Navajo-Hopi Nations,Flagstaff & Winslow News
Tue, Aug. 11

Hopi Chair. Sidney speaks candidly on his own behalf

Hopi Chairman Ivan Sidney

Hopi Chairman Ivan Sidney

KYKOTSMOVI ----Hopi Chairman Ivan Sidney said he wants to cooperative with the Hopi Tribal Council's investigation into an alleged misconduct incident, but he feels that his political adversaries are blowing the incident out of proportion.

Last Thursday, the Hopi Tribal Council decided during executive session to hire an independent investigator to look into the incident. The tribe has not yet decided who to pick or how much to pay him/her.

The independent investigator will have 30 days to come up with recommendations, although that 30 days can be extended by the Hopi Tribal Council.

Chairman Sidney said when the incident occurred he reported it to the Hopi Tribe's general counsel, Scott Canty. He noted that this is what the Hopi Tribe's Code of Conduct policy requires. The code was established last November and Sidney is the first to face a complaint under the new Code of Conduct rules.

Hopi Councilman Clifford Qotsaquahu filed a complaint of misconduct against Sidney for an incident that occurred June 27 at the Adobe Inn in Winslow.

Chairman Sidney noted that there was no arrest in the incident, he was not driving at the time and he was not on tribal business as he was on sick leave.

Chairman Sidney said the Adobe Inn, the hospital and police violated his rights because they released information that is legally private. He said as a guest at the Adobe Inn he has privacy rights. He said the hospital and police reported medical information that legally should have remained private.

"The police don't normally release information that is non-arrest related, especially when it deals with medical information," he said. "If there was no arrest, what was the purpose for releasing the information? I heard Winslow was prejudiced and this shows that to some degree it's true."

Sidney said some police officers at the Hopi Police Department also acted inappropriately by spreading rumors that Sidney had been given a DUI. Sidney has filed a complaint against them with the Bureau of Indian Affairs and an internal affairs investigation is underway.

"It's time to heal these wounds and look at the rights of the people," he said.

Chairman Sidney said Canty, the tribe's general counsel, was reviewing the information. Sidney said his political adversaries are trying to influence the tribal council and the public.

Sidney said he deserves to be criticized for using alcohol. He points out that it is legal to drink off the reservation, but he is still apologetic.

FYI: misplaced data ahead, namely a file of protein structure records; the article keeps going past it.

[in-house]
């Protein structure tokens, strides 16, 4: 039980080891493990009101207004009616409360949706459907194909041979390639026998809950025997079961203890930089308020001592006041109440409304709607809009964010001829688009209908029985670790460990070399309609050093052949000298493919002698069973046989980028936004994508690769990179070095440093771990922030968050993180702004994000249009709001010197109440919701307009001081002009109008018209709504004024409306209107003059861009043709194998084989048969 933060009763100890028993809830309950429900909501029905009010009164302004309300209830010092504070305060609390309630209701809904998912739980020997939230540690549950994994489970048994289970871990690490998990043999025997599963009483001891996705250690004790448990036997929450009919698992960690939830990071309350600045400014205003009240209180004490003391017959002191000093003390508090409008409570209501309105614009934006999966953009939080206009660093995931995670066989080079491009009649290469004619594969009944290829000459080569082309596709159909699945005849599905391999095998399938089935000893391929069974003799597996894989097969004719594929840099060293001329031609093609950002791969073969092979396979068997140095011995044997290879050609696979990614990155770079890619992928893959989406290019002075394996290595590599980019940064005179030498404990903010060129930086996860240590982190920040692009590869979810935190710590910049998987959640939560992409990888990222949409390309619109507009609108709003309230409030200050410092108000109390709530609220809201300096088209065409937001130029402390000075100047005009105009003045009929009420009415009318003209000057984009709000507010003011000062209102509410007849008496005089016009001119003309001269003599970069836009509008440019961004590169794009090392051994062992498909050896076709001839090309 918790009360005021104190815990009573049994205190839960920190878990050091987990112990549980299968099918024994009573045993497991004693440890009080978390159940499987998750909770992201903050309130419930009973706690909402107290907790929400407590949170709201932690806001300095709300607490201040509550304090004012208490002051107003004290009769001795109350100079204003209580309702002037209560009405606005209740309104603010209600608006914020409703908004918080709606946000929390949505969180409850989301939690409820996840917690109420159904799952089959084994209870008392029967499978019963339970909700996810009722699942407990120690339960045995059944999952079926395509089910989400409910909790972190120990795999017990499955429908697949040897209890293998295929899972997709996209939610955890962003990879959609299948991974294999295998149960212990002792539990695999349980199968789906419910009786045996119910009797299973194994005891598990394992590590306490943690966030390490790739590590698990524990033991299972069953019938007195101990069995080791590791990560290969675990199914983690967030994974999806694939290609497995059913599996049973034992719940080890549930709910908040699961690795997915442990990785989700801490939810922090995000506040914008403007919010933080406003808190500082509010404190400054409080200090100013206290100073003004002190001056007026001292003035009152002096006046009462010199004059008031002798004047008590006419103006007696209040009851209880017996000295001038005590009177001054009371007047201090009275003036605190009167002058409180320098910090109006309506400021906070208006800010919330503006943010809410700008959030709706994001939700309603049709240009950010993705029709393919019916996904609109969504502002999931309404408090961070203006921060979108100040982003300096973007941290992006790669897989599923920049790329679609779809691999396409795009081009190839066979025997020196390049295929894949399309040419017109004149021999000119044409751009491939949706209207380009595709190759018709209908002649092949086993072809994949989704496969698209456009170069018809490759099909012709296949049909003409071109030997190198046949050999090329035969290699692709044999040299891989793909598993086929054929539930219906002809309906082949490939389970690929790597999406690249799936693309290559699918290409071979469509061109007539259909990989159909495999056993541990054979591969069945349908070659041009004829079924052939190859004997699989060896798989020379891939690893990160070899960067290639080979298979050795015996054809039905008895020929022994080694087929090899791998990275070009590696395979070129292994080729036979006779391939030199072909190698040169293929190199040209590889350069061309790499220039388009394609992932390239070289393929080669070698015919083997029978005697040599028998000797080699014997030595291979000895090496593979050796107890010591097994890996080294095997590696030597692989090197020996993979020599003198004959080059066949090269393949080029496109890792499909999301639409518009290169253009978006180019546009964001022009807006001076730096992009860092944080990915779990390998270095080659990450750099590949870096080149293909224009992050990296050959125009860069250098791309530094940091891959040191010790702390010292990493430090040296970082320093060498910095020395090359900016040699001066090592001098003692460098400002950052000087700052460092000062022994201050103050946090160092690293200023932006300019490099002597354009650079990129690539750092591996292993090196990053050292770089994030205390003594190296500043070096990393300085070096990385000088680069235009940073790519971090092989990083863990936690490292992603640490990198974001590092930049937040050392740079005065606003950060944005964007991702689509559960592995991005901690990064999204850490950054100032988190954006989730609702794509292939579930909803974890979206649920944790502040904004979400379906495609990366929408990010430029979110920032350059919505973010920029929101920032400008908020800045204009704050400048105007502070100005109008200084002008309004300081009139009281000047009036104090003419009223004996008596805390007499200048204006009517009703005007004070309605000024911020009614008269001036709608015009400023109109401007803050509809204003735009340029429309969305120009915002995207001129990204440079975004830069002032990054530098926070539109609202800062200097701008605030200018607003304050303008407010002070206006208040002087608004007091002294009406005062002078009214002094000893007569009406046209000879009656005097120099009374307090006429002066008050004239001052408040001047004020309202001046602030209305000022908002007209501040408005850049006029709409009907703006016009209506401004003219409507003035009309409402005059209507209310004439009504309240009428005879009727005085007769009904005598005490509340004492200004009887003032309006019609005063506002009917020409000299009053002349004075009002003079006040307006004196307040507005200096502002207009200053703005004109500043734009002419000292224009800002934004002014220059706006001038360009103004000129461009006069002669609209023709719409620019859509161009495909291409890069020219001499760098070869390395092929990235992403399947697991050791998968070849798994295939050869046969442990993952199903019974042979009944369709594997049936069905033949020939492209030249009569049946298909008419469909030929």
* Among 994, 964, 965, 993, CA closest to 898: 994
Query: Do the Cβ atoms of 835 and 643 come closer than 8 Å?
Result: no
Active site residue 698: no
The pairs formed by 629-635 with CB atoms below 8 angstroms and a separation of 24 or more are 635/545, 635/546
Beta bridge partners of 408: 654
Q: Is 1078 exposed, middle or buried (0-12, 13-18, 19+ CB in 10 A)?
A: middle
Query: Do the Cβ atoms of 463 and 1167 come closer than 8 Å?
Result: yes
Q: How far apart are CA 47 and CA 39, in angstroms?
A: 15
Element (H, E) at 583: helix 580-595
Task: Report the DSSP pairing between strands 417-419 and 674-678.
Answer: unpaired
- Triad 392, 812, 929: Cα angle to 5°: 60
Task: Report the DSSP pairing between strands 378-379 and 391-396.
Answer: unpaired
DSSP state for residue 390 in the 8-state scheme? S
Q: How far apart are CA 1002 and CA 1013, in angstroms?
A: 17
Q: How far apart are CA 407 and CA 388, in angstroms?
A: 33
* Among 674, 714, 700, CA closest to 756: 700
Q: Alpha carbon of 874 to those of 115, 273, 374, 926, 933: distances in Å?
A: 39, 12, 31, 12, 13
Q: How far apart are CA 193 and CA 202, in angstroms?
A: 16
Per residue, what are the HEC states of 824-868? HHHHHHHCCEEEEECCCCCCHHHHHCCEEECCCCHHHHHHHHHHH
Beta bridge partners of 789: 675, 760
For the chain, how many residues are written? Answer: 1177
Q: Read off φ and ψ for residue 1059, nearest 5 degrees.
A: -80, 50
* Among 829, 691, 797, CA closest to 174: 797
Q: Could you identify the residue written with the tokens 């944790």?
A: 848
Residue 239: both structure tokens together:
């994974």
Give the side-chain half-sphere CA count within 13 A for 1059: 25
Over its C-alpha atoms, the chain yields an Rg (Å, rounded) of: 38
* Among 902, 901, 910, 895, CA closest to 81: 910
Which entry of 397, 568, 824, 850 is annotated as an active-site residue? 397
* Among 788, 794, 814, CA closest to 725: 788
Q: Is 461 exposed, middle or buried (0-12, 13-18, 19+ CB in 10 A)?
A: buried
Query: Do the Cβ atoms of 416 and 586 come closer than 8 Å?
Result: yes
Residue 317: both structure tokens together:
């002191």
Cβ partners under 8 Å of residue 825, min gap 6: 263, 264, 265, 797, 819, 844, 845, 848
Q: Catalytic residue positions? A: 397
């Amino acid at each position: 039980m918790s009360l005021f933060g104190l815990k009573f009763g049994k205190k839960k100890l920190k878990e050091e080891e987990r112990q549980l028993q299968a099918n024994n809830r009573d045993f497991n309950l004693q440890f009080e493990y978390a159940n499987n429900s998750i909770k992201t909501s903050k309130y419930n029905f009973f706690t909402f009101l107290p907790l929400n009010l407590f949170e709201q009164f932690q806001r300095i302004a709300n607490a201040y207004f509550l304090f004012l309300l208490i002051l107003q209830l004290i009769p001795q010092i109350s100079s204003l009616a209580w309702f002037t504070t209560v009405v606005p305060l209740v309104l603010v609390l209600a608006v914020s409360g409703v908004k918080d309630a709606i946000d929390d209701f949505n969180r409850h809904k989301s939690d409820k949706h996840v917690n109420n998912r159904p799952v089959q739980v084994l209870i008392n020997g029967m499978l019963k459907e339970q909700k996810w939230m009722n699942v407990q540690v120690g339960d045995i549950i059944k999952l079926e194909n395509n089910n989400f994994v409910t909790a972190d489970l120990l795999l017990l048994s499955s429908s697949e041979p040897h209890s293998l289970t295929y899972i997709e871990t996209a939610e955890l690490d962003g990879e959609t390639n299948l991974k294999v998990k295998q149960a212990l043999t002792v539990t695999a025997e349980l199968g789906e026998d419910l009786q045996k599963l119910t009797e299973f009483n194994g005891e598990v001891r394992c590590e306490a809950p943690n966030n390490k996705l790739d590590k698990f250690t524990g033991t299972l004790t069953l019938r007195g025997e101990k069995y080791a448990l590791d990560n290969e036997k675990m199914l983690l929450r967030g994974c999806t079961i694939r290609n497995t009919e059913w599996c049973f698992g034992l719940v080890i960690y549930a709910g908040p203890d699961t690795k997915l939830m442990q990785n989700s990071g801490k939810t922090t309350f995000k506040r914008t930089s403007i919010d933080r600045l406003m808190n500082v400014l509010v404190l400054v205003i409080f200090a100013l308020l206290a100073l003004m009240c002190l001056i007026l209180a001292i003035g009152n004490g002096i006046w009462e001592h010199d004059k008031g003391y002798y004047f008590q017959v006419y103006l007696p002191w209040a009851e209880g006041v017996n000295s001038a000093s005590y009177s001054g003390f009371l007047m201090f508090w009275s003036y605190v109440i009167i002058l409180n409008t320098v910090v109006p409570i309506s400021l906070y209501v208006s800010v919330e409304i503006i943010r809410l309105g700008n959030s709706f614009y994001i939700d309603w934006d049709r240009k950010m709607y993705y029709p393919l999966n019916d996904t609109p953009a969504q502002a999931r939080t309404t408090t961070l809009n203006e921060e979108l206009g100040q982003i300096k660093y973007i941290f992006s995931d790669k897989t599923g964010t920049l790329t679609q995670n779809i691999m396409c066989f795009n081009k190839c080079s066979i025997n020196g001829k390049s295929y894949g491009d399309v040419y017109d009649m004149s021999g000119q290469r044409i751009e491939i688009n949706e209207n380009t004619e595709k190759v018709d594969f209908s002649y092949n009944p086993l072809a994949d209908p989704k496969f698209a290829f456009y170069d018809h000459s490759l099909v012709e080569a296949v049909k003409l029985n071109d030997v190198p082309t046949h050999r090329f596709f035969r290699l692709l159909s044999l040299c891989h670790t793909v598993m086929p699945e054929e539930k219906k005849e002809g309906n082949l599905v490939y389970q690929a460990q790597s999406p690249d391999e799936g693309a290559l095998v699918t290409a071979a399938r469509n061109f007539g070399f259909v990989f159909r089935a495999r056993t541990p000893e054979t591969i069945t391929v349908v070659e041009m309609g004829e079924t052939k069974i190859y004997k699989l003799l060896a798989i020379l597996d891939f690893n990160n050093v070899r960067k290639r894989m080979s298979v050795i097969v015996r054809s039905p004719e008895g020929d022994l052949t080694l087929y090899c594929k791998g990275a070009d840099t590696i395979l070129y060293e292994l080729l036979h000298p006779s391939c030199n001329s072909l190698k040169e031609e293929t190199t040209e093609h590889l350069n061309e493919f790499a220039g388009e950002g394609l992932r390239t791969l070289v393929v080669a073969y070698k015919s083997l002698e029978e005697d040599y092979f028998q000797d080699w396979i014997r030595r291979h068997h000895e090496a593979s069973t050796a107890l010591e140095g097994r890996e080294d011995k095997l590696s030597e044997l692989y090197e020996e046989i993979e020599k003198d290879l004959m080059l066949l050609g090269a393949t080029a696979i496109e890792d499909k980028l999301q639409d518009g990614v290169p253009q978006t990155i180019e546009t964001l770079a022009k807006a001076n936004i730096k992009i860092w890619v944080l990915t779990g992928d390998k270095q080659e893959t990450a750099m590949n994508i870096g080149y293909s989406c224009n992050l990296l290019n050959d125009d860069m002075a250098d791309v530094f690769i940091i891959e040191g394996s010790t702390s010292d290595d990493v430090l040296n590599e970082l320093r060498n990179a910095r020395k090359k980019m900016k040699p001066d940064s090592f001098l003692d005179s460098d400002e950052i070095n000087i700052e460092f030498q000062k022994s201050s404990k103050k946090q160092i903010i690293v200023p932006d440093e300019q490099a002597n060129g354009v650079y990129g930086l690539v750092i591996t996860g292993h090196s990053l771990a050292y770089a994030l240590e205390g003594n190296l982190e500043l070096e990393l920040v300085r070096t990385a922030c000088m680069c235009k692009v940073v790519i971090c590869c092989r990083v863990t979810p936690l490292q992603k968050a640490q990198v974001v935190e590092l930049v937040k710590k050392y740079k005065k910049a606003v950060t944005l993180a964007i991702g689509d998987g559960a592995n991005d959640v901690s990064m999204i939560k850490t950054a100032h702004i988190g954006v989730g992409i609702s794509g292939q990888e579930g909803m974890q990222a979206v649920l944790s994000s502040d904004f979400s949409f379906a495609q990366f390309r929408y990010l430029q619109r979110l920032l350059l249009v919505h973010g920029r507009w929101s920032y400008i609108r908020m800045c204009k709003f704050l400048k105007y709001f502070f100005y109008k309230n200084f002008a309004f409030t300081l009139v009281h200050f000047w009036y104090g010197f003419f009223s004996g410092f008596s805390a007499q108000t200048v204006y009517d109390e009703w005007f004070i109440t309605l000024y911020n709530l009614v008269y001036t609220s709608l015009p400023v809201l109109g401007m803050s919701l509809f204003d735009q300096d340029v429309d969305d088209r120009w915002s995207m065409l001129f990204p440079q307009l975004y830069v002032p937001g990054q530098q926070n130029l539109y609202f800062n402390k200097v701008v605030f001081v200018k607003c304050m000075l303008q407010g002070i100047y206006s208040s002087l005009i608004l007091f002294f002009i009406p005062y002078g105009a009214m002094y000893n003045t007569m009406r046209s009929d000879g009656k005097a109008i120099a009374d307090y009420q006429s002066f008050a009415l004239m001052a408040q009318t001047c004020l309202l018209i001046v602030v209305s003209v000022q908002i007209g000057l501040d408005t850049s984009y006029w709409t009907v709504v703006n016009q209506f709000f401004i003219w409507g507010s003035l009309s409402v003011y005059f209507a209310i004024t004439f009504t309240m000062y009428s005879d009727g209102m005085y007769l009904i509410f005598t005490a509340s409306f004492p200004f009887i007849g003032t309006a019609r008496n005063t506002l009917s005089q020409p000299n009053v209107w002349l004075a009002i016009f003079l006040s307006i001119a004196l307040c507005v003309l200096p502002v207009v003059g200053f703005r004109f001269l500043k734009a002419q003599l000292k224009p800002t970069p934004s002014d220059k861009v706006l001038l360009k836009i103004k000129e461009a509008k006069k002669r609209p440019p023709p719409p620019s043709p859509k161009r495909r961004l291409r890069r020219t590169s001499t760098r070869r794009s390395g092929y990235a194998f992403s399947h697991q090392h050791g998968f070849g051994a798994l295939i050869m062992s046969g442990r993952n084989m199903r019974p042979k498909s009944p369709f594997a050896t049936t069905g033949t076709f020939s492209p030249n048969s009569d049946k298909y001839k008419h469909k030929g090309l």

"What does it say to the children? It sends the wrong message, but we all make mistakes. People are treating me like I drink every day. That's not the case. If that was the case, then I would be in alcohol rehab. I'm apologetic and not happy with myself. I'm embarrassed. This has been an awakening and it won't happen again. But I need to be afforded fairness and I need the opportunity to express myself."

Some have told Sidney that the overwhelming number of Hopi people want him to step down.

"But I've been flooded with calls encouraging me to continue on with my head up," he said. "Off reservation people tell me they don't believe everything they read in the papers."

Sidney said he had no problem with the council voting in executive session and he understands that he was excluded from participating because that is what the Code of Conduct policy calls for. However, the code also calls for the one filing the complaint not to participate and Quotsquahua did exactly that.

Sidney said he will be in the villages and willing to answer any questions the Hopi people have.

Sidney campaigned on Hopi needing an alcohol treatment center. He said progress is being made toward this as he has met with Indian Health Service officials

"We don't want bigger jails to hold people who have been drinking," he said.

Sidney said the tribe is looking for funding for a treatment center. He added they are currently figuring out the size of the facility and the staffing that is needed to see how much money they need.

"IHS needs to look at this because it is a health problem," he said.

Also toward the top of his agenda is economic development as he is working on a plan.

Sidney concludes that his family loves him and he has friends and supporters who are behind him.

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